Resistance from Ferguson to Gaza

David Smithers says all manifestations of oppression are connected, wherever they occur

A protester shows support for Ferguson at a Gaza solidarity demo. via No War with Syria

The killing of yet another unarmed Black teen – eighteen year old Mike Brown – by a white police officer, this time in the St. Louis suburb of Ferguson, Missouri, took its place in the annals of open class struggle when peaceful protesters were confronted night after night by militarized and sniper-sporting police. Within the same consciousness that summer was the social media advice to protesters in Missouri on tear gas from comrades in Gaza, who were themselves experiencing loss of hundreds of their children during weeks of Israeli military assaults on schoolyards, hospitals and playgrounds.

The Arab Spring, the Wisconsin state employee standoff and the worldwide Occupy movements of 2011-2012 were earlier examples of worldwide class struggle – these outbursts and uprisings tend not to respect national borders; their energy is contagious. Let’s return to the Gaza / Ferguson pairing to unpack it, examining Ferguson in light of American Constitutional history in particular.

It has been noted in the pages of the Red Vine and on Anti-Capitalist Radio broadcasts that the Nazis and the Zionists gained much of their inspiration from American history. The physical and cultural genocide of the Native Americans and the enslavement of millions transported as stacked cargo from Africa are the foundations of American capitalism. The federal government of the United States has been the most destructive and racist imperialist power in human history.

Libertarians say that the militarized police have taken away rights that we must get back. We contend that those rights never existed. Firstly, county governments are “reserved for the People” (meaning the writers of the Constitution and those like them) and those sorts of governments are products of feudal, aristocratic, and mercantile ages. County sheriffs then and now are potentially the most powerful public officials at the local level, and consequently in most peoples’ lives, especially in emergency situations. The St. Louis County Sheriff took full advantage of his power in Ferguson on those fateful days and nights of protest.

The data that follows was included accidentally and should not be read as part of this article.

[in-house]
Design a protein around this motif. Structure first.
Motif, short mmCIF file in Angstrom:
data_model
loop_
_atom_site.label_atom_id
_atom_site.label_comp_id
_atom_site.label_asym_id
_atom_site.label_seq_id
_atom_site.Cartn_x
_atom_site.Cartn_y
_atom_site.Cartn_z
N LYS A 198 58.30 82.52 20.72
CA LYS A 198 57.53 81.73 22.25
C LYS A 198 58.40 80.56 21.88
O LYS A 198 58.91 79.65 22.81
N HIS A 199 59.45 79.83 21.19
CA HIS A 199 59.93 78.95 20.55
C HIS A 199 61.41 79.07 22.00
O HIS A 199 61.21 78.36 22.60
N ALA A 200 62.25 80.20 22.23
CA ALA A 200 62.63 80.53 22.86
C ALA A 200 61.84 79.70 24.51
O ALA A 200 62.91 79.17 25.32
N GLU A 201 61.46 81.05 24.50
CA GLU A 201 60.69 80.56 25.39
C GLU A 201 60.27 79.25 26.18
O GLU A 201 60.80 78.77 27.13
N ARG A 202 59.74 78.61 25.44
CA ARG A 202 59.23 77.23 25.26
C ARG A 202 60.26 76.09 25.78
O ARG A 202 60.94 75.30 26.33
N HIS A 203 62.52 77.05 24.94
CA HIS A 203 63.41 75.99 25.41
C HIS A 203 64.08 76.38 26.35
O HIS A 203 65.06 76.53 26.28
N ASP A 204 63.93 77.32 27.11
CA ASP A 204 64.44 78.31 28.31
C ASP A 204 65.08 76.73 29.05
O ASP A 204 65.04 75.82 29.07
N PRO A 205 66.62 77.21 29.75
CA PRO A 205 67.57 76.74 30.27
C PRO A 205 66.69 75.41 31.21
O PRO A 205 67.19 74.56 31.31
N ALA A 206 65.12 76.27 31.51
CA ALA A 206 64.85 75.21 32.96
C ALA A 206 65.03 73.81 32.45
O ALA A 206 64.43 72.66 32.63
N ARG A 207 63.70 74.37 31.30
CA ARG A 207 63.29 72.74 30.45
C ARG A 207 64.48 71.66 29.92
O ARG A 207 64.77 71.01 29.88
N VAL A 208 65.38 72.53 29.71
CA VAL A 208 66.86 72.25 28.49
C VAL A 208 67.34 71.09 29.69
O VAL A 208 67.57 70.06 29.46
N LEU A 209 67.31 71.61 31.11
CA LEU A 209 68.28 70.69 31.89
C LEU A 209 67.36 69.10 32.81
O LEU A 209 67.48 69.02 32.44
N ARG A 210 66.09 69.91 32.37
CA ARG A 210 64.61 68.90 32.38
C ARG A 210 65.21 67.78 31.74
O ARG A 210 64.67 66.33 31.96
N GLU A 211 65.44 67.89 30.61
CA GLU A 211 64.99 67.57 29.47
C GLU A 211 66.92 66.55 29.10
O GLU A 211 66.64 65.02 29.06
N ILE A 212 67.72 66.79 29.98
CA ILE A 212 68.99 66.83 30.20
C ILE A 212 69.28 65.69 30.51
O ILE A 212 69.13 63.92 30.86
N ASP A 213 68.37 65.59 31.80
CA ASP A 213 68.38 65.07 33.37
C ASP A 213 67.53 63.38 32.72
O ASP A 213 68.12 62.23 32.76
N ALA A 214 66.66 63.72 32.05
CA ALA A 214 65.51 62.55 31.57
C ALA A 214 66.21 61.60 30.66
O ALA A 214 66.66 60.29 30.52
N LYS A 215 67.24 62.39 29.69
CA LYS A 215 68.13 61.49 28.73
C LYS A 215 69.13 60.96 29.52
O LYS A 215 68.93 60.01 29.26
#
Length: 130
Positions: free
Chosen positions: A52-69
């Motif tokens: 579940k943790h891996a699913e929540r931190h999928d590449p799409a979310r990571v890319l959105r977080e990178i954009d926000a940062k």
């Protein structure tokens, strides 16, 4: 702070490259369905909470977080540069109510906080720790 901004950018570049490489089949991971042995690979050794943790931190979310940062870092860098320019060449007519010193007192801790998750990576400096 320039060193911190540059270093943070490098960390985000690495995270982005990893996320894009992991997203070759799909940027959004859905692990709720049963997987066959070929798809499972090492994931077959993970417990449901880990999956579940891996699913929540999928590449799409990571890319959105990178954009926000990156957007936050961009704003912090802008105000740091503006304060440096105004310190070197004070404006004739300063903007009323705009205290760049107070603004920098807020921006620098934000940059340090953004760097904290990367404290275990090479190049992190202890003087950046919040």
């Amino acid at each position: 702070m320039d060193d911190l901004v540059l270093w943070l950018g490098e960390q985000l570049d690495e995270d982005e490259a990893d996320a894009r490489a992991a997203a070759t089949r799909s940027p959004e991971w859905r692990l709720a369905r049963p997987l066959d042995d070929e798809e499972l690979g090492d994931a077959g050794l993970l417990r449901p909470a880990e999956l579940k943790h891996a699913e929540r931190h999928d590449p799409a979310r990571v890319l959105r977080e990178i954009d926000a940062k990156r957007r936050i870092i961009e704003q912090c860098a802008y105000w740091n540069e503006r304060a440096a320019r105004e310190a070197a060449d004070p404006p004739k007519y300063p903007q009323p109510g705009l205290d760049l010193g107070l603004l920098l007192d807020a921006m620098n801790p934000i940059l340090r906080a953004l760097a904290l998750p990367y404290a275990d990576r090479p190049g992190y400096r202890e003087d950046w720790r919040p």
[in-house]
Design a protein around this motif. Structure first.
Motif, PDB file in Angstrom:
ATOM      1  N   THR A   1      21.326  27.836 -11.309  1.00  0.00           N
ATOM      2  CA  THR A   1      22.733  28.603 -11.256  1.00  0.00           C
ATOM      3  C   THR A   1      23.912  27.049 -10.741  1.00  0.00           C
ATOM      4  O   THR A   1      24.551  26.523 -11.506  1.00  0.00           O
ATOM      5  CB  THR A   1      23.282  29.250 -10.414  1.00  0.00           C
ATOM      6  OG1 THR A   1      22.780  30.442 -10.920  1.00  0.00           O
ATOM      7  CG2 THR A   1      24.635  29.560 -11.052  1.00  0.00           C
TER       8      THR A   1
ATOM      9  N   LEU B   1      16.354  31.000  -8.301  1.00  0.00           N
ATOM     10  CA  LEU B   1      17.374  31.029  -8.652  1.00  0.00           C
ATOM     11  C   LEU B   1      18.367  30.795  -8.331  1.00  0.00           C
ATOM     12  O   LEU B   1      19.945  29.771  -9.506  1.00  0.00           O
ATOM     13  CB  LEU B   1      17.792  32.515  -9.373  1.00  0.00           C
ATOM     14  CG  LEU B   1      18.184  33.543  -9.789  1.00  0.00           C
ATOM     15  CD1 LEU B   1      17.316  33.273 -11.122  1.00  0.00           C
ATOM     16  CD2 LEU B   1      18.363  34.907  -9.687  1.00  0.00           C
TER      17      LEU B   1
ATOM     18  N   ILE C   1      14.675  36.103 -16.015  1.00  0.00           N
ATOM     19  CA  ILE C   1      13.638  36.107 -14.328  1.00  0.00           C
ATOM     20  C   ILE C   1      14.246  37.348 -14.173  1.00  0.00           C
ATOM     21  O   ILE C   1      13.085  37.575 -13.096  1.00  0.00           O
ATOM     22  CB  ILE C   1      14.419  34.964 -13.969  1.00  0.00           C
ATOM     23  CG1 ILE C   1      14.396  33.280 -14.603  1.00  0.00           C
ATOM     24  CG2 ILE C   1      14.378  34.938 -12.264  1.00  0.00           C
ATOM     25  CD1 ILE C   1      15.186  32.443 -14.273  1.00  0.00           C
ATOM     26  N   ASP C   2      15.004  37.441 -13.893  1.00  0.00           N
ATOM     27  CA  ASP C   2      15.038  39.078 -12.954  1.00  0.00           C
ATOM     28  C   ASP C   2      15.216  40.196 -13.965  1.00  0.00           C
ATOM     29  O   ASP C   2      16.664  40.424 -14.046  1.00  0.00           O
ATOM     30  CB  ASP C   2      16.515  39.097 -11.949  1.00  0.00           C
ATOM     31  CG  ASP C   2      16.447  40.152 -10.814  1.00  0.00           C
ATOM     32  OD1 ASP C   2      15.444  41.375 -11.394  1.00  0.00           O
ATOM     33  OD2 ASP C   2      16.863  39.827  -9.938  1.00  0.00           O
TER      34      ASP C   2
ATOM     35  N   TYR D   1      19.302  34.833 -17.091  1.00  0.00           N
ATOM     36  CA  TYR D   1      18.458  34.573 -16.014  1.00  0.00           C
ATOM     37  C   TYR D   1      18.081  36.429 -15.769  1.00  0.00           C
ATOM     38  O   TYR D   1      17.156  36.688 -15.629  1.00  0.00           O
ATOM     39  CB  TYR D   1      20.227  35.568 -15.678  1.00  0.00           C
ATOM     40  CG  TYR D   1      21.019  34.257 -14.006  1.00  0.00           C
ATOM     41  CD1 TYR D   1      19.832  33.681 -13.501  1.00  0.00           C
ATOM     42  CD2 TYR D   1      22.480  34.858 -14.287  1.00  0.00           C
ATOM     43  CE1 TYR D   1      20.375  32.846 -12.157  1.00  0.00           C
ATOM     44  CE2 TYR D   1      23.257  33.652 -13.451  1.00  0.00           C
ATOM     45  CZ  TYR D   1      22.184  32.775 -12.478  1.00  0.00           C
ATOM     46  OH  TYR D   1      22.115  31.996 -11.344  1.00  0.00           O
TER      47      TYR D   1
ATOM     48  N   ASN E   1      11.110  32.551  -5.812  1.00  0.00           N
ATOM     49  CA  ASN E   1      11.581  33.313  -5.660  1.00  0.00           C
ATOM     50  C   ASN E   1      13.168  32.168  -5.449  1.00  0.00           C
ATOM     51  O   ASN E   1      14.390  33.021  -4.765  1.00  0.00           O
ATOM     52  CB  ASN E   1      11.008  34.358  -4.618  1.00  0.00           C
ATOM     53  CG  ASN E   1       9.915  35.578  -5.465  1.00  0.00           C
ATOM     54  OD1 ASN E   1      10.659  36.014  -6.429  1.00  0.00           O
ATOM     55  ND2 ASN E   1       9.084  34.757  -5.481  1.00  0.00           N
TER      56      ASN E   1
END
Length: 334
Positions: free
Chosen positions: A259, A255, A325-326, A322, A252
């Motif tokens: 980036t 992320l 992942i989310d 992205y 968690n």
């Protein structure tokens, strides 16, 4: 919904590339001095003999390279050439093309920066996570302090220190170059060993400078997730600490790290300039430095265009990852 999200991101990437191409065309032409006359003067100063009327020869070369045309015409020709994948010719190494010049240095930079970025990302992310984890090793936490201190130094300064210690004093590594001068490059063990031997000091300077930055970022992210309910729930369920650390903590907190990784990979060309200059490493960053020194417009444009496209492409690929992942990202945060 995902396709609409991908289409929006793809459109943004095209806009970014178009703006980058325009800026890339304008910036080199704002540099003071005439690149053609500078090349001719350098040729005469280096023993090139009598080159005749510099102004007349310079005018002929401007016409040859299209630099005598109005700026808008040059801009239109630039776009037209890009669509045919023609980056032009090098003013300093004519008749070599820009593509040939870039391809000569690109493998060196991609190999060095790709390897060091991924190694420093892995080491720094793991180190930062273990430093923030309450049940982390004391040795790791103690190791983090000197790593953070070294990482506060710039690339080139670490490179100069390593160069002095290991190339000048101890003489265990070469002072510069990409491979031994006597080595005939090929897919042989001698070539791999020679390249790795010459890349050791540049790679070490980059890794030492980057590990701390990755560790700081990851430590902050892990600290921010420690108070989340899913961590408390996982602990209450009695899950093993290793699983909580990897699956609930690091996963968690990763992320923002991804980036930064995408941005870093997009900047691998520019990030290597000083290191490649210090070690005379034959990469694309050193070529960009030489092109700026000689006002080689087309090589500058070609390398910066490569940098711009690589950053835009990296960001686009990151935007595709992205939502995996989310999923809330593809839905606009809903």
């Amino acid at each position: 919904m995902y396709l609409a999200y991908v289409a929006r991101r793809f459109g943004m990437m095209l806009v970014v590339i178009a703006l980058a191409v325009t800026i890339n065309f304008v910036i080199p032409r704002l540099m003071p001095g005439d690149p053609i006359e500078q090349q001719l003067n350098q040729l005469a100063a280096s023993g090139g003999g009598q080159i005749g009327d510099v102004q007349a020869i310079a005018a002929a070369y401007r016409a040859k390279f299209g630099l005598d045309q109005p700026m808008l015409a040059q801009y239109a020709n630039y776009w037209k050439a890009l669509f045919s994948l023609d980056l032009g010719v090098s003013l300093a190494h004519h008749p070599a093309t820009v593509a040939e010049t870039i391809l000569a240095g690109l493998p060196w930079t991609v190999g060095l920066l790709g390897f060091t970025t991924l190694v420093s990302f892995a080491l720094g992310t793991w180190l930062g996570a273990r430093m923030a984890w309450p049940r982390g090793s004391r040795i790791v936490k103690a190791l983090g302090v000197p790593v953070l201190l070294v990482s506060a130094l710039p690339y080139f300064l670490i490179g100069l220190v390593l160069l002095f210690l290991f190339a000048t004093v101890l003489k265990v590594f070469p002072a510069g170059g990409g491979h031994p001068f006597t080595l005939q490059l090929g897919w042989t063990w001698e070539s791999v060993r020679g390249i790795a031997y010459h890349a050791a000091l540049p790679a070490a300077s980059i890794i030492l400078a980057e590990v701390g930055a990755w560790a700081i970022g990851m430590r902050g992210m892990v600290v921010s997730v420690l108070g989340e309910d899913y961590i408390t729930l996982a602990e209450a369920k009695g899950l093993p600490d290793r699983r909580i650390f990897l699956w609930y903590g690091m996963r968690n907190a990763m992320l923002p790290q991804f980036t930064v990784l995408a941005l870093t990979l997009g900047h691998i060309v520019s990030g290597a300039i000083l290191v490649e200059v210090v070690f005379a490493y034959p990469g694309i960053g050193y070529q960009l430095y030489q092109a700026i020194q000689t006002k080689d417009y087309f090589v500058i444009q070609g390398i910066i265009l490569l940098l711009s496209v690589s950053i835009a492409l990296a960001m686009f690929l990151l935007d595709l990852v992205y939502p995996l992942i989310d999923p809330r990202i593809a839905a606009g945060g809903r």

Municipal governments – cities – are “incorporated”. They are akin to corporations in the way they work – not in theory, but in practice. It is highly questionable whether the resident citizens of a city have much power over that corporation, or that they are even the “owners”. The many municipalities included in any metropolitan area is indicative of the futility of democratic regional planning and control by anyone other than elites with money to command speech that cannot be counteracted by tear gas, water hoses, sniper intimidation, and sound concussion trucks.

It is at the popular level, including at the local union level (where it was demonstrated in Ferguson, but frustrated or ignored at federal bureaucratic levels) that the struggle is and must always be made. But the struggle against oppression in one region or sphere of life must be connected to others around the world if it’s going to be truly effective. People must remember to organize. That includes things like old-fashioned contact lists, party organizing and publishing stories of individuals and groups involved in the struggles against injustice and deprivation.

This is the call to us from Ferguson and from Gaza. This is the call of the ages of workers and oppressed people, from Wounded Knee at Pine Ridge to Times Square in New Nork City and from Tiananmen Square in Beijing to the plateaus of the Niyamgiri hill ranges in Orissa, India. Workers and oppressed of the world, stand together!

(From the Red Vine.)


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